All the architectural references of the Matsyapurāṇa make it clear that people of that period had attained a considerable degree of development in the field of architecture. It can also be said that they have proper knowledge of construction of temples, houses and other monuments. In the present day also we need such kind of knowledge about architecture and sculpture which not only help us for proper utilization but also for the progress of the modern science of architecture. Going through this study it is noticed that the ancient ideas of the architecture are always for the healthy life. They were very concerned about the advantage and disadvantage of planned construction which may prosper or spoil the life and the decision of construction was made on the basis of it. Modern architecture, it seems, looks only at the beauty of construction and ignore the idea of healthy life. If we go through the ideas of architecture of the ancient times found in the epics and Purāṇas as well as in other Vāstuśāstras we will surely make a combination of healthy and beautiful life by taking the right architectural decision.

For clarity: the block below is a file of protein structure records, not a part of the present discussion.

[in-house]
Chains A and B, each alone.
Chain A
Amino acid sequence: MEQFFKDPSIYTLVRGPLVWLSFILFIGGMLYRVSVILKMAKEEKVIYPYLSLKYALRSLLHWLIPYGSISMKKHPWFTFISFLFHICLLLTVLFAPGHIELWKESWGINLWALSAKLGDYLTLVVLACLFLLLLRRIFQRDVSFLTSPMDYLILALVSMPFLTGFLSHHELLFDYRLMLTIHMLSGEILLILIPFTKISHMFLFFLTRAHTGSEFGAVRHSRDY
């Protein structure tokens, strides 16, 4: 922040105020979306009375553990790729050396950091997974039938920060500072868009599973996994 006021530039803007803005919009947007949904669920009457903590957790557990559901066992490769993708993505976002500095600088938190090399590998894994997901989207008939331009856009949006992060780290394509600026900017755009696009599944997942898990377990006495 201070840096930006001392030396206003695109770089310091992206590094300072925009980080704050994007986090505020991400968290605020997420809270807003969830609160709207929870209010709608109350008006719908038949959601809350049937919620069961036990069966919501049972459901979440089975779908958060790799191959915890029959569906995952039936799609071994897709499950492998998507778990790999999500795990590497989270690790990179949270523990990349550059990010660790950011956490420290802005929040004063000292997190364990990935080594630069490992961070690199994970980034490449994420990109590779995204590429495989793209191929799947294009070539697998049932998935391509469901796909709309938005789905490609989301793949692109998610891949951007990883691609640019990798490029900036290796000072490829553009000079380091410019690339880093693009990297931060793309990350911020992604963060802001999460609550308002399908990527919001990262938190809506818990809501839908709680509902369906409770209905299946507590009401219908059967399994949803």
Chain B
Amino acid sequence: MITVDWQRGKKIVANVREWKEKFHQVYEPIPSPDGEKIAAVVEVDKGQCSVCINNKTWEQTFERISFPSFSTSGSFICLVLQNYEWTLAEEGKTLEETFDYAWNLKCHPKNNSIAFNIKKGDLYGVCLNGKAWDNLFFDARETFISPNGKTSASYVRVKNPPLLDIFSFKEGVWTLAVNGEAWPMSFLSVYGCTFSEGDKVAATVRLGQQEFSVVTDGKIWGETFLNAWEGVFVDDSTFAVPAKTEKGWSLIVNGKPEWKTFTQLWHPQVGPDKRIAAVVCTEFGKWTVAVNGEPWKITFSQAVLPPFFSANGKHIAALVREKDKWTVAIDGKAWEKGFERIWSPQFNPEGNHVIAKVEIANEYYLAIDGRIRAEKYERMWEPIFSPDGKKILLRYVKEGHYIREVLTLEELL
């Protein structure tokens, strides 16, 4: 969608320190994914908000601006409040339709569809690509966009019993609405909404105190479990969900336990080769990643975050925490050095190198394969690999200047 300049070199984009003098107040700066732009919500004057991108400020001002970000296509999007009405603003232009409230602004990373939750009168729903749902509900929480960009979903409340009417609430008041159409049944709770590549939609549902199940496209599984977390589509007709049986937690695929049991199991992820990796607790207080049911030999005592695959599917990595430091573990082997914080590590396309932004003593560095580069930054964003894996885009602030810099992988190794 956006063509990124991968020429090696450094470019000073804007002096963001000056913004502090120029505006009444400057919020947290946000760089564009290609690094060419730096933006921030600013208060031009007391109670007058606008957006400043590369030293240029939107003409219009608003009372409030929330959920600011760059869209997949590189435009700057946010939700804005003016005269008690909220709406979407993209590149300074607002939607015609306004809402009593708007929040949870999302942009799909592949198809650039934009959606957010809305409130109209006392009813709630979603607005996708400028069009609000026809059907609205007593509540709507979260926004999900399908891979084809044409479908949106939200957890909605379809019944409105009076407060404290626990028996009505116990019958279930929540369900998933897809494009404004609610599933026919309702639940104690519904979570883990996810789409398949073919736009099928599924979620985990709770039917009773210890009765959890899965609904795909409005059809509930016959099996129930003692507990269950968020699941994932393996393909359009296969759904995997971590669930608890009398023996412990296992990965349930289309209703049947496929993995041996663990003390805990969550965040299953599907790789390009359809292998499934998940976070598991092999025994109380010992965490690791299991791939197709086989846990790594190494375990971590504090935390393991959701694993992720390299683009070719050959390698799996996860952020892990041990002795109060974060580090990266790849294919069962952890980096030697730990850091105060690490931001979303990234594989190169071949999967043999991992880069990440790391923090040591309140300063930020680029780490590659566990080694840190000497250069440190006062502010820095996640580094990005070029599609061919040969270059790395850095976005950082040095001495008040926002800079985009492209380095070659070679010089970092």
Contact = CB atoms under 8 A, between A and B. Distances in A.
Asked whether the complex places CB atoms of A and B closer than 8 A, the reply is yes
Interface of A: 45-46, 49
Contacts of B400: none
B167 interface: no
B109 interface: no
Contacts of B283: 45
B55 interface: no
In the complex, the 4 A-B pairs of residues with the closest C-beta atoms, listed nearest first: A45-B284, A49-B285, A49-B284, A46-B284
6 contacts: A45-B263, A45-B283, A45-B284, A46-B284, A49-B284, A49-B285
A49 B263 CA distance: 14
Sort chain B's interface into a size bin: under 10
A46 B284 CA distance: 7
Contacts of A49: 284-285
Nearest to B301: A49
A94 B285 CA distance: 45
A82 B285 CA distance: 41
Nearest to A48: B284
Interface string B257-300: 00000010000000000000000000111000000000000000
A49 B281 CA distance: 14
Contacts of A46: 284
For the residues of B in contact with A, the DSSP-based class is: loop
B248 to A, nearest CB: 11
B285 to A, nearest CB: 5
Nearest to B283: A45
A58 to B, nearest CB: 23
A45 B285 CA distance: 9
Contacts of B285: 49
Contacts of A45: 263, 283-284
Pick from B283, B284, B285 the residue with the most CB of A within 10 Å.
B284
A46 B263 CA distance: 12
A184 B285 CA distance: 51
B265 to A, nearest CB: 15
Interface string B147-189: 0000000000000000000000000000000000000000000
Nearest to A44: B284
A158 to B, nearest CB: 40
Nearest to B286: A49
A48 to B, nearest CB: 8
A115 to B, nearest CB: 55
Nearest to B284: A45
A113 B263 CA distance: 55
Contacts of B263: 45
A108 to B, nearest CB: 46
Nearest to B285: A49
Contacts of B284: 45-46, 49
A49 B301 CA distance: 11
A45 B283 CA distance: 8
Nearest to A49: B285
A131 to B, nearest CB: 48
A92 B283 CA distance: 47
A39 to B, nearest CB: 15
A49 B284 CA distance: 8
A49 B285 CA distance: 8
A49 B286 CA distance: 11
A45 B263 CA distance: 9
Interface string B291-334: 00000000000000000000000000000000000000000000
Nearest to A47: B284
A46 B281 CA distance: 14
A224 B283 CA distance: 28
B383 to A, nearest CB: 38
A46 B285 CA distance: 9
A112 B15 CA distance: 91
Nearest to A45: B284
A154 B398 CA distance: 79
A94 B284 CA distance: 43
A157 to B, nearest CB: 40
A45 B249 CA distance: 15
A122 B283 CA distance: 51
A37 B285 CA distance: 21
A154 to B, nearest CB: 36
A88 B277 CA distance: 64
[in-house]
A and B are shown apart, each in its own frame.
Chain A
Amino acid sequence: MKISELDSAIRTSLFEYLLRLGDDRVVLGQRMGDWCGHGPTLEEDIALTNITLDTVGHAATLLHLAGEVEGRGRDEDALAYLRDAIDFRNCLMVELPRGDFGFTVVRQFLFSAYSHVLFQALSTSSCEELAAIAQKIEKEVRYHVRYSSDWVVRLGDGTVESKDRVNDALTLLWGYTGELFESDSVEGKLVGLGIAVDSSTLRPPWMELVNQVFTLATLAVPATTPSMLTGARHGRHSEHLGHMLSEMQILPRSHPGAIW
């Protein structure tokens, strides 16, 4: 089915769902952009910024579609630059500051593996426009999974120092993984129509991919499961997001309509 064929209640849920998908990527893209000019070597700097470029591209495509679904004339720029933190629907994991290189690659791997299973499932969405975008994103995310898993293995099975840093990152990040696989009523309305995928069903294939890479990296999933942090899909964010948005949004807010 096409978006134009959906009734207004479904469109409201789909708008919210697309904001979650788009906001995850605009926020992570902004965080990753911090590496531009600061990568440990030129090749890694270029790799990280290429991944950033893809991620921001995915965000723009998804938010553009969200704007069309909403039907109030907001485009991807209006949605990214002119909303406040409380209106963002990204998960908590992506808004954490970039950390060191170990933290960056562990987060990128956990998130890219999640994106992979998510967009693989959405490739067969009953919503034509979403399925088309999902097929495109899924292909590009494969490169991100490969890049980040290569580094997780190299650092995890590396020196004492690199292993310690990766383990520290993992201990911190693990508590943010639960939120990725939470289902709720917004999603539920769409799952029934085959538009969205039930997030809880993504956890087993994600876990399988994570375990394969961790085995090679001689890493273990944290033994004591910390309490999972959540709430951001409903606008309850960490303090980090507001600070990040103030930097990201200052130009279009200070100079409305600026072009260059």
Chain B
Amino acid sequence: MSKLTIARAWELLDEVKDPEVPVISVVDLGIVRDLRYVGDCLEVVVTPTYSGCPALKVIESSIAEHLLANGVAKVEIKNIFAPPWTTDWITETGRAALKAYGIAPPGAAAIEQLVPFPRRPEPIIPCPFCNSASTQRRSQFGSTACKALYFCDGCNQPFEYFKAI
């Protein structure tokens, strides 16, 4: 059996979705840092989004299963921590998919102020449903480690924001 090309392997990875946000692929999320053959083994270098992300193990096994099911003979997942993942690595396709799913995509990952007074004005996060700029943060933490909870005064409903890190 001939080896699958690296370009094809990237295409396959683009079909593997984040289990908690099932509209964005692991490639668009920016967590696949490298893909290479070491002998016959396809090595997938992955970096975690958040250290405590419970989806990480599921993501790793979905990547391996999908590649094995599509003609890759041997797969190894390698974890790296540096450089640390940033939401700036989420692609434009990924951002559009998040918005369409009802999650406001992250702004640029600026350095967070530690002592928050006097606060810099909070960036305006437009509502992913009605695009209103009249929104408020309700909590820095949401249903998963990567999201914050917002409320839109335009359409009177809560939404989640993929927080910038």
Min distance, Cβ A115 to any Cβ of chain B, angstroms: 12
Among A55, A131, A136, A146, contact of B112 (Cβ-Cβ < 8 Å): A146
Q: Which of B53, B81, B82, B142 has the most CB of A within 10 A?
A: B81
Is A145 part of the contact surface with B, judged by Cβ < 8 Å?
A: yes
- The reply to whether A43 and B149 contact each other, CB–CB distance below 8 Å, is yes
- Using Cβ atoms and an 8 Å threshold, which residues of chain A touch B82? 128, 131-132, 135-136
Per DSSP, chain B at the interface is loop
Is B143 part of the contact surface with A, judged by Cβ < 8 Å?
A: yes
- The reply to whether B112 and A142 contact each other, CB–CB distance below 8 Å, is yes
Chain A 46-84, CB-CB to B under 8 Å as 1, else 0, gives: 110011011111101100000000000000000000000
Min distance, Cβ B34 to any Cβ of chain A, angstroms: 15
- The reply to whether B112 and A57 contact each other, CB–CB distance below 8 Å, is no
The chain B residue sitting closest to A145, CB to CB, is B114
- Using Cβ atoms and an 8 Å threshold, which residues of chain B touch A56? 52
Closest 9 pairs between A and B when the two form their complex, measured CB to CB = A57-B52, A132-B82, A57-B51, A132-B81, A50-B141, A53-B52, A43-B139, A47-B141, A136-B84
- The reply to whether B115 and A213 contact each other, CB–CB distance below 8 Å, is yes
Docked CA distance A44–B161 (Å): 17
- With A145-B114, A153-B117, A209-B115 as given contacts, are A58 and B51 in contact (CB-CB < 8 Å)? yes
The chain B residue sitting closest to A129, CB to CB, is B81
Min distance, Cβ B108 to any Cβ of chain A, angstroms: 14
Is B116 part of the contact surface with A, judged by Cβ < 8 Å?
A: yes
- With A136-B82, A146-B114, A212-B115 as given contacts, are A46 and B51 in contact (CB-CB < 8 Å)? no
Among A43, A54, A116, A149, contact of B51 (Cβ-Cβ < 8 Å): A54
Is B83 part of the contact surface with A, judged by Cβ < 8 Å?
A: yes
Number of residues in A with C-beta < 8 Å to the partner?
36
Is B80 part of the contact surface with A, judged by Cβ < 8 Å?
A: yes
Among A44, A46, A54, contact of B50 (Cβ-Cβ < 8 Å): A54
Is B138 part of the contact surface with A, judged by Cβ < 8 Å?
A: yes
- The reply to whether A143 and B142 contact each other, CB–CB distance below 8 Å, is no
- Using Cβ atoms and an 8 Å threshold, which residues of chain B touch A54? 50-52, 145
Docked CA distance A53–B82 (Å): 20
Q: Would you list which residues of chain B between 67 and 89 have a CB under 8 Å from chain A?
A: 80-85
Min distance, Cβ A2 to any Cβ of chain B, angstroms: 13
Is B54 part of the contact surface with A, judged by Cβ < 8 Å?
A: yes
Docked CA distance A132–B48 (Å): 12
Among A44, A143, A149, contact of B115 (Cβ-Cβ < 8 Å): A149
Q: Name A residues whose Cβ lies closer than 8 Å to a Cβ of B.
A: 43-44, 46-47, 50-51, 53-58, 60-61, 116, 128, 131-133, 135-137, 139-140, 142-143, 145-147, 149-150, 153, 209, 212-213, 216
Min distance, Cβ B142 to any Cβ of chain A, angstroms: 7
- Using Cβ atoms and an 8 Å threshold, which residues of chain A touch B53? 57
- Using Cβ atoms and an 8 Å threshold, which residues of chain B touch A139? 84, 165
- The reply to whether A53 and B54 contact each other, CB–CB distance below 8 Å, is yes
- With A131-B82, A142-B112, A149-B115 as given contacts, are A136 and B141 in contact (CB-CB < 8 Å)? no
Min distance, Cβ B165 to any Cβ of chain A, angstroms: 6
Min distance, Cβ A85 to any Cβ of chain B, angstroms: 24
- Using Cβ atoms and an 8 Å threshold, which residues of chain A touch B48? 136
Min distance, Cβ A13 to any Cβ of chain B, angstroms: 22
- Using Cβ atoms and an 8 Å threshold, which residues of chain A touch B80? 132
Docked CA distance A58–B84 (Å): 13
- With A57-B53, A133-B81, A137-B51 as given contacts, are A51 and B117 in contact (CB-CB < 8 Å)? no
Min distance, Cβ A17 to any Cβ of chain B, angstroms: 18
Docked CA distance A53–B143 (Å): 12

Footnotes and references:


Cf., Prasanna Kumar Acharya, Architecture of Mānasāra, Manasara Series, Preface, p. XXVIII


Matsyapurāṇa, 255.4




mūladvārāttathānyattu nādhikaṃ śobhanaṃ bhavet// kumbhaśrīparṇivallībhi rmūladvārantu śobhayet/ Ibid., 255.18-19


Ibid., 258.3


Cf., Vasudeva S. Agrawalla, Matsyapurāṇa -A Study, pp. 353-354


Matsyapurāṇa, 258.5




Ibid., 258.10-12


Ibid., 258.28-39


Ibid., 258.40-68


Ibid. 258.16


Prasanna Kumar Acharya, An Encyclopaedia of Hindu Architecture, Manasara Series Volume VII, p. 195


Matsyapurāṇa, 258.20-21


Ibid., 258.22-23


Ibid., 258.17-18




khetakaṃ vāmahaste tu śaṅkhañcaiva tu dakṣine// Ibid., 259.8


Ibid., 259.12-13




nādhikāṅgā na hīnāṅgā kartavyā devatāḥ kvacit/ Ibid., 259.15


Cf., Ibid., 259.16-21


Ibid., 262.2-3


Cf., Vasudeva S.Agrawala, Matsyapurāṇa -A Study., p. 363


Matsyapurāṇa, 262.4-12